Golf Mental Golf lessons from second place in the 2015 US Open
A Bad Start Doesn’t Need To Affect You
A bad start in golf can certainly affect a golfer’s mindset for the rest of a tournament.
Think of it for a moment… You start of double bogeying a few holes and you find yourself several strokes behind early in a tournament. Your putting doesn’t feel right. You feel it is impossible to catch the leaders. You might jump to the conclusion, “I just don’t have it today” or “I will never be able to make up these strokes,” or “I can’t comeback from this deficit.” Due to those faulty assumptions, you may unconsciously have a letdown and no longer go for your shots like you normally would.
Your mindset (or your attitude towards obstacles/ challenges) affects what you believe you can accomplish and, more importantly, your response to your circumstances.
A negative mindset looks for all the reasons or excuses that something is not possible such as, “It has never been done before,” “I can’t putt under pressure” or “I always play poorly on this course.”A negative mindset causes a golfer to mentally give in even before play has finished.
A positive mindset focuses on the possibilities in the present. A positive mindset says, “Just because it hasn’t been done before doesn’t mean it cannot happen now” or “Let’s go for it and see how this plays out.” A positive mindset is objective and looks for opportunities to succeed not reasons to fail.
Louis Oosthuzien and the 2015 U.S. Open
Louis Oosthuzien faced daunting odds during the 2015 U.S. open. Oosthuzien shot a 77 during the First Round of the U.S. Open. Through the first 20 holes, Oosthuzien was nine over par and in danger of missing the cut. According to past precedents, getting near the top of the leader board was highly unlikely.
Oosthuzien could have easily have thrown in the towel and just have gone through the motions of playing, but Oosthuizen managed to fight back. Oosthuizen came back with scores of 66-66-67 on the next three Rounds to finish tied for second. Oosthuizen scored a 29 on the back-nine of the Final Round to tie a U.S. Open record and finished only one stroke away from the tournament winner.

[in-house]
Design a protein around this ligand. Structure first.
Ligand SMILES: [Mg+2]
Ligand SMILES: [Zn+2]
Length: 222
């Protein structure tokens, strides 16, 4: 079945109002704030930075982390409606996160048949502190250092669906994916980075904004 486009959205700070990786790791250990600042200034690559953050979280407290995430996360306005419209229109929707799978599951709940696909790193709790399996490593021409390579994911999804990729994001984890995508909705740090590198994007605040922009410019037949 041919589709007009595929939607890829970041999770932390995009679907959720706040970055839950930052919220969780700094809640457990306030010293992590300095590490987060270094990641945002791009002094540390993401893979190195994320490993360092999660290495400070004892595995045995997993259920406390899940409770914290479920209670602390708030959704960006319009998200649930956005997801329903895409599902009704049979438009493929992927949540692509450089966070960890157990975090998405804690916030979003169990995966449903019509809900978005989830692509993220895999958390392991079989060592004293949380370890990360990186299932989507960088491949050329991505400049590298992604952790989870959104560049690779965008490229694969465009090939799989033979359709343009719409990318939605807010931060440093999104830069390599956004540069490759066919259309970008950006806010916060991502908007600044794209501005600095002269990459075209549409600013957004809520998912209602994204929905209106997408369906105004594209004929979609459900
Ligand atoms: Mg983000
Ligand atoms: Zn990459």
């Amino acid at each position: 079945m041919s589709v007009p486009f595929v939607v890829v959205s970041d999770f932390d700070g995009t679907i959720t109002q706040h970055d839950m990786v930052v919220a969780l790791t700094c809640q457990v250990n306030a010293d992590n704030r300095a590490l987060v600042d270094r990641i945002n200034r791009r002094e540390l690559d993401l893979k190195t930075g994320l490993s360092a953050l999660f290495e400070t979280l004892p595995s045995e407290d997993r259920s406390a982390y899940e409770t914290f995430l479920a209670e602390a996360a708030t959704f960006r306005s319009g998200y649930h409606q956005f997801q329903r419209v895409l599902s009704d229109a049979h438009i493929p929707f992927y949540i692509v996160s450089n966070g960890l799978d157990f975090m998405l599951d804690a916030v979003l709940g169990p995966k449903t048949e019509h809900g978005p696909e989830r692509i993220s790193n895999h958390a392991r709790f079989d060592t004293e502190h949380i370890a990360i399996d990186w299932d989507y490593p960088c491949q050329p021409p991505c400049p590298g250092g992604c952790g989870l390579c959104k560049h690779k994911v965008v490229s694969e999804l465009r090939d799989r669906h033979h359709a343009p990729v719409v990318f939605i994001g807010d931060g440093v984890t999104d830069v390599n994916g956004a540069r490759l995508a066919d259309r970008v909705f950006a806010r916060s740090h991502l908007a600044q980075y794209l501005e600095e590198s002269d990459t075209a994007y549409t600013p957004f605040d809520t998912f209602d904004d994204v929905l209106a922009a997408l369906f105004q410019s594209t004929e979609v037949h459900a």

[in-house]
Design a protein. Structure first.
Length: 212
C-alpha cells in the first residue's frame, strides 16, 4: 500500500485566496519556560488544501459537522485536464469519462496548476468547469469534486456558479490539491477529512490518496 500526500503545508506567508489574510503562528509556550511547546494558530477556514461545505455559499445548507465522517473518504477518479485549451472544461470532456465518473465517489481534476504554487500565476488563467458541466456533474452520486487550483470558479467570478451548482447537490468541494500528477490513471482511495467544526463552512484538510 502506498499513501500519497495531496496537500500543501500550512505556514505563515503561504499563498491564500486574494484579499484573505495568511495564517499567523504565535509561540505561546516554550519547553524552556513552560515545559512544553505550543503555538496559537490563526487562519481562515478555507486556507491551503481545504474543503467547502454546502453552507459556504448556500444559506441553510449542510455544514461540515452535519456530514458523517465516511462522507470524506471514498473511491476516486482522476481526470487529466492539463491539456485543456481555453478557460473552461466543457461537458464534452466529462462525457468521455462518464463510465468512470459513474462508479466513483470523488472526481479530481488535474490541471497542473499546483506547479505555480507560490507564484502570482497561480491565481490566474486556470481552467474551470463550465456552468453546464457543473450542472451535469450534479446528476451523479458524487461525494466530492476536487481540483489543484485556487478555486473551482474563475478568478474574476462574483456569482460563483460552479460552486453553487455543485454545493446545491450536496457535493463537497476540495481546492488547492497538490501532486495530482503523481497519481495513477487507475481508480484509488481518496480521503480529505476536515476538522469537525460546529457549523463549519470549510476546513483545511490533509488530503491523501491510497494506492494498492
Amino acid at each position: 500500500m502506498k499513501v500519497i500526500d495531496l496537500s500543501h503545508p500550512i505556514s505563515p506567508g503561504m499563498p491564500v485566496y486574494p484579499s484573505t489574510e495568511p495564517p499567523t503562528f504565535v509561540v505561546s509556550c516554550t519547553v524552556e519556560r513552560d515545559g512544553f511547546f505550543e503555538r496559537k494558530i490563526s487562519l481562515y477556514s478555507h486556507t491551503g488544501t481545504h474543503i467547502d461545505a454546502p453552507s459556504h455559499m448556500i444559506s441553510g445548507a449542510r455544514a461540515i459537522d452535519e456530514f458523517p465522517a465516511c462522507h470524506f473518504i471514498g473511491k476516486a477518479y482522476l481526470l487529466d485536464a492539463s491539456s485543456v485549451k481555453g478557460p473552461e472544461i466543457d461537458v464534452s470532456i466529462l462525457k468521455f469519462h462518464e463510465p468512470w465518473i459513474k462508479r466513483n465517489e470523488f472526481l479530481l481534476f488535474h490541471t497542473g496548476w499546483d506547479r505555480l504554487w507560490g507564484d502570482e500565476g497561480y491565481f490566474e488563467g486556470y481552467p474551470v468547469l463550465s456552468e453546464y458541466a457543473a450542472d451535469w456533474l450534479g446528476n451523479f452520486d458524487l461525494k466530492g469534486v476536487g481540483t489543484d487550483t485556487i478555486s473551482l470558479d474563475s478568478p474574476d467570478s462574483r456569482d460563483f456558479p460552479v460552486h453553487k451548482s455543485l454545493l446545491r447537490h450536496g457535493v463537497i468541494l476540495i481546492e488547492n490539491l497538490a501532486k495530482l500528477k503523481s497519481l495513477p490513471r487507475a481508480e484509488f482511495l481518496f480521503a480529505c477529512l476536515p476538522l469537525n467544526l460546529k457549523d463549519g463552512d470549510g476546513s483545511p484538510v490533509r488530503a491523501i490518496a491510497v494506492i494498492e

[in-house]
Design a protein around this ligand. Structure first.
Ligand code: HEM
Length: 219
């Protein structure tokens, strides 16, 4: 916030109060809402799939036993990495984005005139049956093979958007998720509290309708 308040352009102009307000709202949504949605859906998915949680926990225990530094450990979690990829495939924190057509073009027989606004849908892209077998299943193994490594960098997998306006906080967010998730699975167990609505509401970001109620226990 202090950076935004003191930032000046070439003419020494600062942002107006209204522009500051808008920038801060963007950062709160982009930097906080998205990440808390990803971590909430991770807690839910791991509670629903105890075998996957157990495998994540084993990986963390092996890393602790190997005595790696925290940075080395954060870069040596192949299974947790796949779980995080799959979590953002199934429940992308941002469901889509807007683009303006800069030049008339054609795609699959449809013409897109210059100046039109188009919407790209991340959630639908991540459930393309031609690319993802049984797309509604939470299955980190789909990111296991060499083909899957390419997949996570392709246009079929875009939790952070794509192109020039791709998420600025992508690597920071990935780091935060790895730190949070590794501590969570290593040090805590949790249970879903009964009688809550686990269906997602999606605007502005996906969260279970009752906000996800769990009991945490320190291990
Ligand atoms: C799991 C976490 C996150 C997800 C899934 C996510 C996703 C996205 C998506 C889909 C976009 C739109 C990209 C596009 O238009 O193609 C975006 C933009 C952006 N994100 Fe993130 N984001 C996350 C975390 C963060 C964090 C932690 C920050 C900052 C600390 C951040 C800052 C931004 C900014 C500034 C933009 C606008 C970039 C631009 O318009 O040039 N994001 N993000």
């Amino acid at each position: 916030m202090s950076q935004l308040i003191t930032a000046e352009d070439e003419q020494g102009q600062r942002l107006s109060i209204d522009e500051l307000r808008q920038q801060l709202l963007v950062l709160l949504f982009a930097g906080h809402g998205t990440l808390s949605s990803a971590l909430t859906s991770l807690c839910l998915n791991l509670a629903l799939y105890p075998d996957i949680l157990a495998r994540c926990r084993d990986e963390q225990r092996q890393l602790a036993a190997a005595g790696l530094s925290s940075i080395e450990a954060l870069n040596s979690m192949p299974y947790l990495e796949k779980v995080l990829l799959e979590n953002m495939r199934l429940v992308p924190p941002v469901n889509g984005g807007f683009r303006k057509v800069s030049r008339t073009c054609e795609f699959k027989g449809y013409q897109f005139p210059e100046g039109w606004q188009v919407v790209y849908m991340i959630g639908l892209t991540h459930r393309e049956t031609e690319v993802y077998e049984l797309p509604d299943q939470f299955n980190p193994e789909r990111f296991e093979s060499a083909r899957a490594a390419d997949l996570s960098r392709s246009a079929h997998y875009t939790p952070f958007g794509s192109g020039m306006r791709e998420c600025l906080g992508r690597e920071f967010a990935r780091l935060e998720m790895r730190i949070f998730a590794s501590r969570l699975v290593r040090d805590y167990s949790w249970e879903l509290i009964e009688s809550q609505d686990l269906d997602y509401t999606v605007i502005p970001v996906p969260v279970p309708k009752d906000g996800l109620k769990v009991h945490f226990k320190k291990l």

Some say it was an improbable second-place finish, but not for someone with a positive mindset.
How was it possible for Oosthuizen to make such a remarkable comeback? Oosthuizen maintained a positive mindset looking for opportunities in the present to make shots, “I [Oosthuizen] could have easily shot a big number after that start. I just fought and tried to have a good week.”
A further look into Oosthuizen’s mindset provides insight into how to remain positive. Oosthuizen stated in his post-tournament interview, “I just kept on playing. You get rounds like that. But I am proud of myself the way I came back and kept on playing and knew my game was not far off. — I could have easily had a horrible Friday and watched this on television.”
You can learn a lot from from Oosthuizen’s 2015 U.S. Open performance, including the key characteristics of a positive mindset.
- Stay focused in the present. Just keep playing.
- Know that there will be some bad shots, bad holes and even bad scoring rounds. It happens to every golfer, it’s a part of the game.
- Find a way to keep fighting. Give yourself a chance. Who knows… maybe you can pull off the dramatic comeback.
- Give yourself a motivating challenge to go for, that helps keep you excited and interested in competing. Making the cut. Beating your course record in the next round.
Don’t dare back down… Dare yourself to be great!
DRILLS FOR SKILLS
For the next 3-5 rounds ask yourself these coaching questions.
How well did I stay engaged and motivated to play competitively throughout the 18 holes?
How well was I able to let go of poor shots and poor holes ?
What can I say to myself to help me stay engaged and competitive when I have a bad hole or two ?
If you want to master your mental game then sign up here to receive regular Mental Game articles full of tips and practice drills to improve your mental toughness on the golf course.